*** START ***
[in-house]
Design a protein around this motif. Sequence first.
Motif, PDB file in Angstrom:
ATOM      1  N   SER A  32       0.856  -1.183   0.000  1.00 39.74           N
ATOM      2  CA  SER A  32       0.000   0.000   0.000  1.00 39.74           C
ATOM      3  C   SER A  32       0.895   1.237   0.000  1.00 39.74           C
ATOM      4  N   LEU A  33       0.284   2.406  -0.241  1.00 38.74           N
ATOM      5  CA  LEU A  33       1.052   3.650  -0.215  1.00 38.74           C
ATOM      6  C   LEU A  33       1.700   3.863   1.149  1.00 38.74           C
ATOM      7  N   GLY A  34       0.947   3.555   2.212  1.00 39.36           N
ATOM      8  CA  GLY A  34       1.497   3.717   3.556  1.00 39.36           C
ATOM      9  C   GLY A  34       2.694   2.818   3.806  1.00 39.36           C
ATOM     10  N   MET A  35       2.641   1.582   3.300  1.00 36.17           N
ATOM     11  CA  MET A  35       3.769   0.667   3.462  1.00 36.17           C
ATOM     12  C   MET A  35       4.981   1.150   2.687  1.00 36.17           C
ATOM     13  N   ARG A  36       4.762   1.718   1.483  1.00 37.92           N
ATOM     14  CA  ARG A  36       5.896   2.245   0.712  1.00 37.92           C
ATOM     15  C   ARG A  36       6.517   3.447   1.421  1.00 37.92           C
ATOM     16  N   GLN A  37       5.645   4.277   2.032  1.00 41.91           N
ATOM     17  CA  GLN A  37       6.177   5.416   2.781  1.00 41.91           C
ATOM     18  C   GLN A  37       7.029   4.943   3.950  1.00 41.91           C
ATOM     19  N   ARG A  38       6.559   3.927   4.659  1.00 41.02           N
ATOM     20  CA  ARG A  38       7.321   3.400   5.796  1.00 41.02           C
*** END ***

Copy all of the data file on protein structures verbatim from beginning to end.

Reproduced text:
[in-house]
Design a protein around this motif. Sequence first.
Motif, PDB file in Angstrom:
ATOM      1  N   SER A  32       0.856  -1.183   0.000  1.00 39.74           N
ATOM      2  CA  SER A  32       0.000   0.000   0.000  1.00 39.74           C
ATOM      3  C   SER A  32       0.895   1.237   0.000  1.00 39.74           C
ATOM      4  N   LEU A  33       0.284   2.406  -0.241  1.00 38.74           N
ATOM      5  CA  LEU A  33       1.052   3.650  -0.215  1.00 38.74           C
ATOM      6  C   LEU A  33       1.700   3.863   1.149  1.00 38.74           C
ATOM      7  N   GLY A  34       0.947   3.555   2.212  1.00 39.36           N
ATOM      8  CA  GLY A  34       1.497   3.717   3.556  1.00 39.36           C
ATOM      9  C   GLY A  34       2.694   2.818   3.806  1.00 39.36           C
ATOM     10  N   MET A  35       2.641   1.582   3.300  1.00 36.17           N
ATOM     11  CA  MET A  35       3.769   0.667   3.462  1.00 36.17           C
ATOM     12  C   MET A  35       4.981   1.150   2.687  1.00 36.17           C
ATOM     13  N   ARG A  36       4.762   1.718   1.483  1.00 37.92           N
ATOM     14  CA  ARG A  36       5.896   2.245   0.712  1.00 37.92           C
ATOM     15  C   ARG A  36       6.517   3.447   1.421  1.00 37.92           C
ATOM     16  N   GLN A  37       5.645   4.277   2.032  1.00 41.91           N
ATOM     17  CA  GLN A  37       6.177   5.416   2.781  1.00 41.91           C
ATOM     18  C   GLN A  37       7.029   4.943   3.950  1.00 41.91           C
ATOM     19  N   ARG A  38       6.559   3.927   4.659  1.00 41.02           N
ATOM     20  CA  ARG A  38       7.321   3.400   5.796  1.00 41.02           C